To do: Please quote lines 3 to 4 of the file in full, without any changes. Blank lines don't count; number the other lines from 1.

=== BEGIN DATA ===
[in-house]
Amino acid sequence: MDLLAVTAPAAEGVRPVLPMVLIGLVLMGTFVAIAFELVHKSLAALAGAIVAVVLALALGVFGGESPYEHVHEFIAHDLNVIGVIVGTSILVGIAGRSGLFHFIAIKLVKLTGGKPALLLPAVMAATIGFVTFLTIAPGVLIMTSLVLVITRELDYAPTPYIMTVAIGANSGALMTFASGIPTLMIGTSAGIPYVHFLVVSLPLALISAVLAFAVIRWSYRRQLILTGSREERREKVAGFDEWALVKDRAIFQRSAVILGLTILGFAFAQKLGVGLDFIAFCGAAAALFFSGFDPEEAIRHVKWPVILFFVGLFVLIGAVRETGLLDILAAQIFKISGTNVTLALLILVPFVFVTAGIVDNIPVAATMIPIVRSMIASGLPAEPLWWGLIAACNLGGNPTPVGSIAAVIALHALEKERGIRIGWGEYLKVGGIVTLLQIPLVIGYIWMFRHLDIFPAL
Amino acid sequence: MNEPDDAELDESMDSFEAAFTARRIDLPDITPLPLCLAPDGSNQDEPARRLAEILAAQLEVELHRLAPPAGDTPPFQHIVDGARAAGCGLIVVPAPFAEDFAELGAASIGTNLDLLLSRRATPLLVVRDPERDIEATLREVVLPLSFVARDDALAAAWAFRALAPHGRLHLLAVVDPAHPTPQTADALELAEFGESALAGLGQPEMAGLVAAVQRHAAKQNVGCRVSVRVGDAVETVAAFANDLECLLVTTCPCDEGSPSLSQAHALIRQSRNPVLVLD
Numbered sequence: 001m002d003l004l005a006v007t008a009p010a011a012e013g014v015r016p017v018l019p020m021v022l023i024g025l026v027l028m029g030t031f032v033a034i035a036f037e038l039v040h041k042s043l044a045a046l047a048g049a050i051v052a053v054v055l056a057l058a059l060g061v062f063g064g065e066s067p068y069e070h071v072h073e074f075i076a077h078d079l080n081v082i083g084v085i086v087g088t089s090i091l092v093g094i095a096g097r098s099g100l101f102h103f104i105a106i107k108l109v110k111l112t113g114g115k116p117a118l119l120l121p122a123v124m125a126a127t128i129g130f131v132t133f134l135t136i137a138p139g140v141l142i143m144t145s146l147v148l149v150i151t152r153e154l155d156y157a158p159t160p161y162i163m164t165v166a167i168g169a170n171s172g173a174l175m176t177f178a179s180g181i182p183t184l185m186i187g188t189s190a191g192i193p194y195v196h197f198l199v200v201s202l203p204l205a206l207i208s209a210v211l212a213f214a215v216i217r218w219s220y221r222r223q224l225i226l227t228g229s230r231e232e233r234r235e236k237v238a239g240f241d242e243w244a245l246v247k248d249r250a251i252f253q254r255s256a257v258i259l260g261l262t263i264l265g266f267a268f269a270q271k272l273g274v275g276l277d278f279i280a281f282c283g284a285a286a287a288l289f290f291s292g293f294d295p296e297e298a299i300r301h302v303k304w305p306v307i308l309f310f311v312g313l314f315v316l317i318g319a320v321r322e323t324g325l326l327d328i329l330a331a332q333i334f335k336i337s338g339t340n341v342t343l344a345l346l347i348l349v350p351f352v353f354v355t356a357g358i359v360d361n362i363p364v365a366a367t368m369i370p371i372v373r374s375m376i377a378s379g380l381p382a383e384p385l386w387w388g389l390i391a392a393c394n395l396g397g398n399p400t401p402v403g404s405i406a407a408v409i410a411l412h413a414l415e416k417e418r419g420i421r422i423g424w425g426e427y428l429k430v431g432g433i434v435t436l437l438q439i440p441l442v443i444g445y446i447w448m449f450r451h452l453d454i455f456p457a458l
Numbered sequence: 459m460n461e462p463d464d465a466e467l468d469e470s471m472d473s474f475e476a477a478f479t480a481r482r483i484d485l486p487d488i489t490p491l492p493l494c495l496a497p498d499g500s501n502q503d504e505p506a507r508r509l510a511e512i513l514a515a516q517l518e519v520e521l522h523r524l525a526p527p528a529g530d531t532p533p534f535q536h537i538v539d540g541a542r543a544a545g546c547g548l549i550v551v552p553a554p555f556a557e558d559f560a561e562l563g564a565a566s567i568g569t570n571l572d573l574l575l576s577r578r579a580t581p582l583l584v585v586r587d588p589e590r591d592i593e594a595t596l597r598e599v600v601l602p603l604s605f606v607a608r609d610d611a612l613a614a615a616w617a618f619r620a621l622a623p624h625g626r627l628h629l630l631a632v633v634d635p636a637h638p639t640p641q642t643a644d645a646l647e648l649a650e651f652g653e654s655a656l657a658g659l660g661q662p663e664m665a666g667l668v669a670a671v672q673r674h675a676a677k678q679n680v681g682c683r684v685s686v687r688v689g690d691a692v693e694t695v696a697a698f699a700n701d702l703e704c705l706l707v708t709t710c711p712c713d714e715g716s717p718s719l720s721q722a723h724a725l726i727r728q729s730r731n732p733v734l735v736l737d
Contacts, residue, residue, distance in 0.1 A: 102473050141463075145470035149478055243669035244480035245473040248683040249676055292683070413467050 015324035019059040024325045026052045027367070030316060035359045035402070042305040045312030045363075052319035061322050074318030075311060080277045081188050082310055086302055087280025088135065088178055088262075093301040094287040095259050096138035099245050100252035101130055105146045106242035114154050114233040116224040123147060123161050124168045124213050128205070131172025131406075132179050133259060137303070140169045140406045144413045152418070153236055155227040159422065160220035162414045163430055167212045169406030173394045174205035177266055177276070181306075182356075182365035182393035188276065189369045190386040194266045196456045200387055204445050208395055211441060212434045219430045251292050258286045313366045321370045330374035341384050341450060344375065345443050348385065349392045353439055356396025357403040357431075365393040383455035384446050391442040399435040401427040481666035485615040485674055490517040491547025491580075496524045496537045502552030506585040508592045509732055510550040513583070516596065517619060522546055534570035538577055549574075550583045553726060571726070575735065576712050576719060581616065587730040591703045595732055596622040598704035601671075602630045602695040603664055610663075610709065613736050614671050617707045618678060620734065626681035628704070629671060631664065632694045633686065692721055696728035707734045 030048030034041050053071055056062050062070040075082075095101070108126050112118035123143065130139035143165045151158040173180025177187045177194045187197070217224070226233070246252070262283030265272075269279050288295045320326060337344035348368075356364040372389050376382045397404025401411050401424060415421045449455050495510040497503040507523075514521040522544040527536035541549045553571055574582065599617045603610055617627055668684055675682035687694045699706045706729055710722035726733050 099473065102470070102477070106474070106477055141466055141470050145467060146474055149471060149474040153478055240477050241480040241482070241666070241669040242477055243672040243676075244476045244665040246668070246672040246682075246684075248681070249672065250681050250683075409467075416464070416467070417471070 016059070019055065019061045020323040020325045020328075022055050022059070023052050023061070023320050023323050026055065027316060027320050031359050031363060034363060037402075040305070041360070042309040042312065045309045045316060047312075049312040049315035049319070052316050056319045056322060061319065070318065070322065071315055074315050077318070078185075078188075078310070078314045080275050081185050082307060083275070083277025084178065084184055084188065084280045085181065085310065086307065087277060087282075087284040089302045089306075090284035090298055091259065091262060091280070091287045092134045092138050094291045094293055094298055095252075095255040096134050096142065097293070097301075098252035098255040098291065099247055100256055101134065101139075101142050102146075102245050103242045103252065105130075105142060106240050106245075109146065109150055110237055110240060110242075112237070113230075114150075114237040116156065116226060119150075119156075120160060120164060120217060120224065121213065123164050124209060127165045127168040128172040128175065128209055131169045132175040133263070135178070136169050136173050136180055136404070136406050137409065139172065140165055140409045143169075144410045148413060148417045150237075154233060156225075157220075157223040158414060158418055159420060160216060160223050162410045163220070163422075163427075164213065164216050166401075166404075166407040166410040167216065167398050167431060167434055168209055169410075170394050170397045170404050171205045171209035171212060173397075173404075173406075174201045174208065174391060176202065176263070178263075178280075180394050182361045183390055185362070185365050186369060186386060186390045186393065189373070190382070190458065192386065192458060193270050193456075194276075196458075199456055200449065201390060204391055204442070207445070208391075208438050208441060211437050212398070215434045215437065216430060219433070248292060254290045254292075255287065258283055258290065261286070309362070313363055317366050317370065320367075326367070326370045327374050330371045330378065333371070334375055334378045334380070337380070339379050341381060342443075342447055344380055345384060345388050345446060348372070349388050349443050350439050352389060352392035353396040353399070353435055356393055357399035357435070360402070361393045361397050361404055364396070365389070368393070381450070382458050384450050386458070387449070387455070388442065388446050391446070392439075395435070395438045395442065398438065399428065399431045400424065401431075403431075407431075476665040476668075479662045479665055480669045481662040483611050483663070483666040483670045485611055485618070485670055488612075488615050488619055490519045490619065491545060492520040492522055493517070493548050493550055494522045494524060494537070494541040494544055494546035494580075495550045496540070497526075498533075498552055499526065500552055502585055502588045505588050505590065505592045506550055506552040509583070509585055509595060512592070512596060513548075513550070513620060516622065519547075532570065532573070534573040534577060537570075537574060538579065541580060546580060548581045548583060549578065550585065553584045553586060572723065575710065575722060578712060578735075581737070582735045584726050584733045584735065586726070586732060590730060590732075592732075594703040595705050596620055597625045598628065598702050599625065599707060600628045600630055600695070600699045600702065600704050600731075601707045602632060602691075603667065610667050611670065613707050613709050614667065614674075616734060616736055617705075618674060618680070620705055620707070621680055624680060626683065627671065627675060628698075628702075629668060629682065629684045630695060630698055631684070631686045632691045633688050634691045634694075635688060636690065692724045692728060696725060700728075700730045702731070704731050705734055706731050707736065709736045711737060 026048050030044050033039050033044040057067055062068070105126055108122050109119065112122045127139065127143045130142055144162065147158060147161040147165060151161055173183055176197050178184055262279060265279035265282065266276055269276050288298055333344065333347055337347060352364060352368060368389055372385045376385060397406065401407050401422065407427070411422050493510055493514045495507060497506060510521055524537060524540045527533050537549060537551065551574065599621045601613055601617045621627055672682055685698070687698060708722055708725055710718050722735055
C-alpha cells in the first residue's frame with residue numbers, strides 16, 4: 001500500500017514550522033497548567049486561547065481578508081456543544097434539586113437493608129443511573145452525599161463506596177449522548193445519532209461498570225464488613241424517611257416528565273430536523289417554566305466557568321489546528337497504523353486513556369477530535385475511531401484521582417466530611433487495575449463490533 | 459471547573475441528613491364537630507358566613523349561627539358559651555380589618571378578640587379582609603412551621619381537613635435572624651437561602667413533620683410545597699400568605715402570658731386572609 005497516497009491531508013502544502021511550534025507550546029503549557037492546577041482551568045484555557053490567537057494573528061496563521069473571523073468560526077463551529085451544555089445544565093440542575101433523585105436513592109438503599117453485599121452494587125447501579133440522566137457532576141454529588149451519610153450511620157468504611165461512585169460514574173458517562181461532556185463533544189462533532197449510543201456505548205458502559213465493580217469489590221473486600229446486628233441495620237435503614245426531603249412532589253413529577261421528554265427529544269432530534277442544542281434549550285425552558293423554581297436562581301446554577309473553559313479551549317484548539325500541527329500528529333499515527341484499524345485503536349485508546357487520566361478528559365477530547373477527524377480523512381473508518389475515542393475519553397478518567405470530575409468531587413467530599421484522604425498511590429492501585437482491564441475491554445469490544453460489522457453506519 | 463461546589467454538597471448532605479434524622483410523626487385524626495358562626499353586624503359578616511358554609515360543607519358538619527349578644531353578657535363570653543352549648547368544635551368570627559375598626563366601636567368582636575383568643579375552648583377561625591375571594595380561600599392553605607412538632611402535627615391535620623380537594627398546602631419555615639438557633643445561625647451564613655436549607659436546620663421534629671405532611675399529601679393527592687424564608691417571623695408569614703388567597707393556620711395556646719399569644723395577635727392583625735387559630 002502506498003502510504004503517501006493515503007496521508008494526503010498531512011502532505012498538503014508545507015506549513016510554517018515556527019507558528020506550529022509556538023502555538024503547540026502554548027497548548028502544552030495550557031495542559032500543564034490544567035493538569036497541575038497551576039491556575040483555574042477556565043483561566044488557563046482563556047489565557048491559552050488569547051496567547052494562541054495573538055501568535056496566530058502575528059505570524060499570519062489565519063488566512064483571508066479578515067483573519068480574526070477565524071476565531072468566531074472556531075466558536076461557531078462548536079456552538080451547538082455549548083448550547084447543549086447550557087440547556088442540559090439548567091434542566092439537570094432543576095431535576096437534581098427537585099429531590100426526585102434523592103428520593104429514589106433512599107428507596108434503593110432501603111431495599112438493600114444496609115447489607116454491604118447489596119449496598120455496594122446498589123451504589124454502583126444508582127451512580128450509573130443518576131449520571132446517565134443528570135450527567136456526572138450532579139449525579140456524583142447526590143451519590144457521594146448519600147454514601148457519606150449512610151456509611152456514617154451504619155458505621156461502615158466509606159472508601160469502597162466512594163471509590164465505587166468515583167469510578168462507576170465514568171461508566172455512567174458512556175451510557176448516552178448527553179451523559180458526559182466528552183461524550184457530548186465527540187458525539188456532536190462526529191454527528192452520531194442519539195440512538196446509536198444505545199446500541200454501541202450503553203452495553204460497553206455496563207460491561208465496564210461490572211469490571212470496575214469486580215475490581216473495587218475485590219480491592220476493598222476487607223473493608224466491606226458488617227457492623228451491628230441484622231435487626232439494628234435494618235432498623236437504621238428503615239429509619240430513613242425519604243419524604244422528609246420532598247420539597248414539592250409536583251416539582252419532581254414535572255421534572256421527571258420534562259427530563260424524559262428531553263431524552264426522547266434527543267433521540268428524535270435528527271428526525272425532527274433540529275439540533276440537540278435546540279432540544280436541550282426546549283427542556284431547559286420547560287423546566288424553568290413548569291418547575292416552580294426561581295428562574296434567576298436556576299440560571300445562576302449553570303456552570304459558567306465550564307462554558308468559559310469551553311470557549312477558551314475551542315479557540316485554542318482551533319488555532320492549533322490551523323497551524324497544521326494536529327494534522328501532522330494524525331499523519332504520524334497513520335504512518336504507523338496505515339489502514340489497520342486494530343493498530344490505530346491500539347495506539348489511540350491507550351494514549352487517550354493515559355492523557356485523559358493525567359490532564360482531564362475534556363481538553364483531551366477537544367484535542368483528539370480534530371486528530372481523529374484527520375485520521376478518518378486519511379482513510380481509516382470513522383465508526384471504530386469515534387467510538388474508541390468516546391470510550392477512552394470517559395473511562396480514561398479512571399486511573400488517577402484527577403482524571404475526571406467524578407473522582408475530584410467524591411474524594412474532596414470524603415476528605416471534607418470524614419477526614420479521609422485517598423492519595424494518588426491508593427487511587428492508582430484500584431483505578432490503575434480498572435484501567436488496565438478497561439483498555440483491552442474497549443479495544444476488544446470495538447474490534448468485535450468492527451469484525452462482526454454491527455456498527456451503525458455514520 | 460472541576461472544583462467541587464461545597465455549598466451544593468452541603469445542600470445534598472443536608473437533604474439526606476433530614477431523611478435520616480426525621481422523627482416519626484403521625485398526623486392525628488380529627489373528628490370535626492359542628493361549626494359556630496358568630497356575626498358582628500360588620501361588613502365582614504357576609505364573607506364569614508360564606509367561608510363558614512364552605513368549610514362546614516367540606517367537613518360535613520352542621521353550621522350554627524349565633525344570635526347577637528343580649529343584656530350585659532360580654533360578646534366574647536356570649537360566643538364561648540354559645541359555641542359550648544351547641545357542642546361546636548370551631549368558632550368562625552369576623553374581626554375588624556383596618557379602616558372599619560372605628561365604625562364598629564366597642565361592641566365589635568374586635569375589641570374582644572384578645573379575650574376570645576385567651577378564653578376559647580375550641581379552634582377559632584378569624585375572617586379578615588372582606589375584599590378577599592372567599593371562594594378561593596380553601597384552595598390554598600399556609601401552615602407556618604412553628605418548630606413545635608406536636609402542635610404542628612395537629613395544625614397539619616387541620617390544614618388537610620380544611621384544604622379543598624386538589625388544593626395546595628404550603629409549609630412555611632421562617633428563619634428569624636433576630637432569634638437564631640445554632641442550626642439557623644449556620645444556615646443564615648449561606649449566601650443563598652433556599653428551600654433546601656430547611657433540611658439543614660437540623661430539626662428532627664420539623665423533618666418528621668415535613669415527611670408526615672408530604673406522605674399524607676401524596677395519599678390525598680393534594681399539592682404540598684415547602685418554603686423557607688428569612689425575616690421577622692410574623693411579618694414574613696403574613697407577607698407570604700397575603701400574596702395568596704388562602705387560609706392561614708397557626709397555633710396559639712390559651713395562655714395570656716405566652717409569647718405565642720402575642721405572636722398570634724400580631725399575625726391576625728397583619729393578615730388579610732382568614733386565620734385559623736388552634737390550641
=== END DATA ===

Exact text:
Amino acid sequence: MNEPDDAELDESMDSFEAAFTARRIDLPDITPLPLCLAPDGSNQDEPARRLAEILAAQLEVELHRLAPPAGDTPPFQHIVDGARAAGCGLIVVPAPFAEDFAELGAASIGTNLDLLLSRRATPLLVVRDPERDIEATLREVVLPLSFVARDDALAAAWAFRALAPHGRLHLLAVVDPAHPTPQTADALELAEFGESALAGLGQPEMAGLVAAVQRHAAKQNVGCRVSVRVGDAVETVAAFANDLECLLVTTCPCDEGSPSLSQAHALIRQSRNPVLVLD
Numbered sequence: 001m002d003l004l005a006v007t008a009p010a011a012e013g014v015r016p017v018l019p020m021v022l023i024g025l026v027l028m029g030t031f032v033a034i035a036f037e038l039v040h041k042s043l044a045a046l047a048g049a050i051v052a053v054v055l056a057l058a059l060g061v062f063g064g065e066s067p068y069e070h071v072h073e074f075i076a077h078d079l080n081v082i083g084v085i086v087g088t089s090i091l092v093g094i095a096g097r098s099g100l101f102h103f104i105a106i107k108l109v110k111l112t113g114g115k116p117a118l119l120l121p122a123v124m125a126a127t128i129g130f131v132t133f134l135t136i137a138p139g140v141l142i143m144t145s146l147v148l149v150i151t152r153e154l155d156y157a158p159t160p161y162i163m164t165v166a167i168g169a170n171s172g173a174l175m176t177f178a179s180g181i182p183t184l185m186i187g188t189s190a191g192i193p194y195v196h197f198l199v200v201s202l203p204l205a206l207i208s209a210v211l212a213f214a215v216i217r218w219s220y221r222r223q224l225i226l227t228g229s230r231e232e233r234r235e236k237v238a239g240f241d242e243w244a245l246v247k248d249r250a251i252f253q254r255s256a257v258i259l260g261l262t263i264l265g266f267a268f269a270q271k272l273g274v275g276l277d278f279i280a281f282c283g284a285a286a287a288l289f290f291s292g293f294d295p296e297e298a299i300r301h302v303k304w305p306v307i308l309f310f311v312g313l314f315v316l317i318g319a320v321r322e323t324g325l326l327d328i329l330a331a332q333i334f335k336i337s338g339t340n341v342t343l344a345l346l347i348l349v350p351f352v353f354v355t356a357g358i359v360d361n362i363p364v365a366a367t368m369i370p371i372v373r374s375m376i377a378s379g380l381p382a383e384p385l386w387w388g389l390i391a392a393c394n395l396g397g398n399p400t401p402v403g404s405i406a407a408v409i410a411l412h413a414l415e416k417e418r419g420i421r422i423g424w425g426e427y428l429k430v431g432g433i434v435t436l437l438q439i440p441l442v443i444g445y446i447w448m449f450r451h452l453d454i455f456p457a458l